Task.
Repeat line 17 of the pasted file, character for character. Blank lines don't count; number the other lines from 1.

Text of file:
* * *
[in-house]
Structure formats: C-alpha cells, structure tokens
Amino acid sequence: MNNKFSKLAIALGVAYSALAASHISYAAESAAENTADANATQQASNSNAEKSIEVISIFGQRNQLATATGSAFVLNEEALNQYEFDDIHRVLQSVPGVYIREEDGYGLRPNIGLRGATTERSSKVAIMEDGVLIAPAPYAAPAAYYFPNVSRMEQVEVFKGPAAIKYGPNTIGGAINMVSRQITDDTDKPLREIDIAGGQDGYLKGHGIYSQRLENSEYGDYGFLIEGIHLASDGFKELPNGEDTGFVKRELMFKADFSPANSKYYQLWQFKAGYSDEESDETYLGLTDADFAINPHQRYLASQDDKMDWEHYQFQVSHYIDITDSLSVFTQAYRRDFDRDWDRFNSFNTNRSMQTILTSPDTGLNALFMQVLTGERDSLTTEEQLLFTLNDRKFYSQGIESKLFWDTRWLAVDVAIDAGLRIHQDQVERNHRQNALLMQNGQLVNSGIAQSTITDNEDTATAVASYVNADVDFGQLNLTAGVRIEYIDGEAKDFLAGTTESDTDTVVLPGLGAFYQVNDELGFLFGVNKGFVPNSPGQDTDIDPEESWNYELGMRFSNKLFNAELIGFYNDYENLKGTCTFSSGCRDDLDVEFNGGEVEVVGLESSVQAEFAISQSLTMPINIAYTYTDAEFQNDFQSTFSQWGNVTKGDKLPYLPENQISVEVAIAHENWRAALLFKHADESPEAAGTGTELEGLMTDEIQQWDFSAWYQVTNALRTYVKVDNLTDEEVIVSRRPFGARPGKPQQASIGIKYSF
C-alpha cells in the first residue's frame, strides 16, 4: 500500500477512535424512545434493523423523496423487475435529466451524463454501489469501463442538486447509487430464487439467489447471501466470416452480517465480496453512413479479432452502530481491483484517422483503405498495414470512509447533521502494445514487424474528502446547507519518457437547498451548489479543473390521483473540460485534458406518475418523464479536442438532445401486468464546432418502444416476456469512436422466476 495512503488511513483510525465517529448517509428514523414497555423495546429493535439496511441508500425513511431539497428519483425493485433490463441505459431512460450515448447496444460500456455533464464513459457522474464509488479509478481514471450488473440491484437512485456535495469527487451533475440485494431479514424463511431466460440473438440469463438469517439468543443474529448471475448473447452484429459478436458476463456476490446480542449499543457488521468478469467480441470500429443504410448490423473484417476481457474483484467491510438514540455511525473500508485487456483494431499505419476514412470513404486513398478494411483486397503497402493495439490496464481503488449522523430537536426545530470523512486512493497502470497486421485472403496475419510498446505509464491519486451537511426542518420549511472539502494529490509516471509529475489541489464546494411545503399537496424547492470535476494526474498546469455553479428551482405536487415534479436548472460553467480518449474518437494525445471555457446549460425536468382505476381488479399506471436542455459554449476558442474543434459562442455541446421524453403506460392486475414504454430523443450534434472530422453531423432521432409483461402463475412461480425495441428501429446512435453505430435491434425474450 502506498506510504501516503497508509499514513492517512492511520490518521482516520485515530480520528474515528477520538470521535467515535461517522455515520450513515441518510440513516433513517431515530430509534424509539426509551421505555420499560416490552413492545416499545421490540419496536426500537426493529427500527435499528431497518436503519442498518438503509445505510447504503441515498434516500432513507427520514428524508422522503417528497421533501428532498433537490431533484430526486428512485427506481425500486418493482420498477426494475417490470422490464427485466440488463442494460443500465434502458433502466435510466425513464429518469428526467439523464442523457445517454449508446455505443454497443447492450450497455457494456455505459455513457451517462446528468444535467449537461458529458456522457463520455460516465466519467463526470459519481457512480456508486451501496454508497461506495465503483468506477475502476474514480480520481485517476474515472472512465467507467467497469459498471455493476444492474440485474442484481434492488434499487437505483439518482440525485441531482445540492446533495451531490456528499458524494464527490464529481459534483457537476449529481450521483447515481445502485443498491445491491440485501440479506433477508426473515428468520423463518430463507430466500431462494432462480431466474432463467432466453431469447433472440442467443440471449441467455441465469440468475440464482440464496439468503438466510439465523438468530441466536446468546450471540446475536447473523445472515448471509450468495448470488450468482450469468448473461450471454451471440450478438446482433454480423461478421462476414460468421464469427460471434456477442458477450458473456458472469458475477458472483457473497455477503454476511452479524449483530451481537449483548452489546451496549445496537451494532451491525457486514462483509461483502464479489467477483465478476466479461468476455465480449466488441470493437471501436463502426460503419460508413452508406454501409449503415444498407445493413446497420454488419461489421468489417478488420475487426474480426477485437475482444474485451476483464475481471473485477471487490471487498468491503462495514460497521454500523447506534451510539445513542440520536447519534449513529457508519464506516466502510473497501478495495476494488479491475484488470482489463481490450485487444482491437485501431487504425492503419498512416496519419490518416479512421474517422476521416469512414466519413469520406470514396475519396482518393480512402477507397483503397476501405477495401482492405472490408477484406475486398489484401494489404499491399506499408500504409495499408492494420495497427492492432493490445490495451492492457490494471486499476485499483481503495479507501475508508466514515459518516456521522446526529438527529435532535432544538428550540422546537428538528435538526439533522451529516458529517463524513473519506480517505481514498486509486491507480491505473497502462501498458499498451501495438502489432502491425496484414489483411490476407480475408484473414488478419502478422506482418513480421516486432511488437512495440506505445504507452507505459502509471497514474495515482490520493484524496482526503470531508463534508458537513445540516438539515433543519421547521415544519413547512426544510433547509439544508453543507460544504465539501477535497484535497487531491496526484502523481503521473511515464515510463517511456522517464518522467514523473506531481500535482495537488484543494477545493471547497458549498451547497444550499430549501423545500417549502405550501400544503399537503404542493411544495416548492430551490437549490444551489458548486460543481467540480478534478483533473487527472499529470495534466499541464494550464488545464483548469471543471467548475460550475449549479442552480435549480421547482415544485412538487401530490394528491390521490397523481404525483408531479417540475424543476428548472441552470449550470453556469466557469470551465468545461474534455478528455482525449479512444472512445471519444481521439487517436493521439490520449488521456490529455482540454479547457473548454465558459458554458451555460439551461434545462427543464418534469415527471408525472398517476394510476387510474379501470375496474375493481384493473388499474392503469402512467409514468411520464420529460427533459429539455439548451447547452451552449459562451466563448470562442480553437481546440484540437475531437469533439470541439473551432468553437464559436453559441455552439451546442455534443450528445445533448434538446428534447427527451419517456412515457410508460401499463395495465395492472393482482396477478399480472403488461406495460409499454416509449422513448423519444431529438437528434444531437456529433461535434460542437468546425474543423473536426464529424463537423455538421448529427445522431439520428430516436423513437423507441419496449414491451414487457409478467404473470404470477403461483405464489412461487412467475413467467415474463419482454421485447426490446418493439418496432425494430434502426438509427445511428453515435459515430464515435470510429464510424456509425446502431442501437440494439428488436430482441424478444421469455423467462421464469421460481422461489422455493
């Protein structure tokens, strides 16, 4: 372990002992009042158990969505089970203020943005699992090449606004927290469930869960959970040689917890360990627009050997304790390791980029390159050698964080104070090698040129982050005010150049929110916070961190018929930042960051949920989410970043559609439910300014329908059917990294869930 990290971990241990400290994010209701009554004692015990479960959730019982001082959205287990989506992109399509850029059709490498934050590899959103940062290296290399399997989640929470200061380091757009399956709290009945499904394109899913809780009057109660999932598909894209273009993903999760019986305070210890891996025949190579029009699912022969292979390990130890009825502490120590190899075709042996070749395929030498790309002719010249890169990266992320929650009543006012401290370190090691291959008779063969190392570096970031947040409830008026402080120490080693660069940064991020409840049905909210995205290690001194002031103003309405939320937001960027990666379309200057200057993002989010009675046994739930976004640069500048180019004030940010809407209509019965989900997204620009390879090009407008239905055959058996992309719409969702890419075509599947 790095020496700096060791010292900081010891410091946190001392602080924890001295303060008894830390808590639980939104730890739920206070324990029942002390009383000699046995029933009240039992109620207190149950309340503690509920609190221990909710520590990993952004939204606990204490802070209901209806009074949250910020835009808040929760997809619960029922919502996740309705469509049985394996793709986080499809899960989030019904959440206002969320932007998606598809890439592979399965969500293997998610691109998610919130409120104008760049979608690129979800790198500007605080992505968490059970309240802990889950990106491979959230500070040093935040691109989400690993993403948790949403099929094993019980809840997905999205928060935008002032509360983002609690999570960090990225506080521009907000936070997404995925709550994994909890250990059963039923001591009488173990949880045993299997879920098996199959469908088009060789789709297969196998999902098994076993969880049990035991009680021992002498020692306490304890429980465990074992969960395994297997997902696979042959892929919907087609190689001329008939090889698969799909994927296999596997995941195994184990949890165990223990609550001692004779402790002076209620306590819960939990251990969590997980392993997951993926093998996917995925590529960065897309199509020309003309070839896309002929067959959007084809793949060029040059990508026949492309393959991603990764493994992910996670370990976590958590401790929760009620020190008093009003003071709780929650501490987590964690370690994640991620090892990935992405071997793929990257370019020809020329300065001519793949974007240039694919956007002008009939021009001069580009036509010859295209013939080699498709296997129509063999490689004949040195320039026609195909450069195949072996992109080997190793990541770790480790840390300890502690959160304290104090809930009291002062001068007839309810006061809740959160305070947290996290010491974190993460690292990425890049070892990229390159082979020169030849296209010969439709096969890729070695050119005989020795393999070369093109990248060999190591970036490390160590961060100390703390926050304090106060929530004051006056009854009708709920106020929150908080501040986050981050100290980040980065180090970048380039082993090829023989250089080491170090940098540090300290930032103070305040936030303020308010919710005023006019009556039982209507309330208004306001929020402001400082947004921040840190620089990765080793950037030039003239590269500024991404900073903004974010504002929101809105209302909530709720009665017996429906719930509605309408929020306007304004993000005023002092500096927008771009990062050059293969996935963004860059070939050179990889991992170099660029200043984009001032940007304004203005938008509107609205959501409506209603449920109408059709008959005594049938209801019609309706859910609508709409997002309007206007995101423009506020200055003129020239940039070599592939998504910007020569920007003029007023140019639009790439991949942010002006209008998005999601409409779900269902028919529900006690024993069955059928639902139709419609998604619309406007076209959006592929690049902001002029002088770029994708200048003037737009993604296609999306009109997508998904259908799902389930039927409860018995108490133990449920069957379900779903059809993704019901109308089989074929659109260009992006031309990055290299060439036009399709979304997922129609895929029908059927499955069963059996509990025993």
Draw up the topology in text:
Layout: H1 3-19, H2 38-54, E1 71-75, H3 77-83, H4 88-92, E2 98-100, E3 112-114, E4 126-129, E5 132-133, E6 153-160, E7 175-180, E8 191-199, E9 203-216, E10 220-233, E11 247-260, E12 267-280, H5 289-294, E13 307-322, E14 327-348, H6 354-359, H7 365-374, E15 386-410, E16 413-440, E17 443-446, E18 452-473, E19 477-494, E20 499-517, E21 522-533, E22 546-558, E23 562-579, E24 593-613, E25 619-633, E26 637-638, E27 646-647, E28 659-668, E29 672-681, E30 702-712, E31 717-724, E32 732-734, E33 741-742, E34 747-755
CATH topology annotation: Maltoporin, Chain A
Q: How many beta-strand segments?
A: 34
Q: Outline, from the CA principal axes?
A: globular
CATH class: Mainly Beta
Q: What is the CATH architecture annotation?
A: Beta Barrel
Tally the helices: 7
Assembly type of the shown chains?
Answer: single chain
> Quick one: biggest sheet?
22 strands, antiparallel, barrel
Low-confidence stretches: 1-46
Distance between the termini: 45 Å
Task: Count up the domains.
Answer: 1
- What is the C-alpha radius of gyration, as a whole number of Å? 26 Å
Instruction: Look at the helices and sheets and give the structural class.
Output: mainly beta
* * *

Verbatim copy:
Assembly type of the shown chains?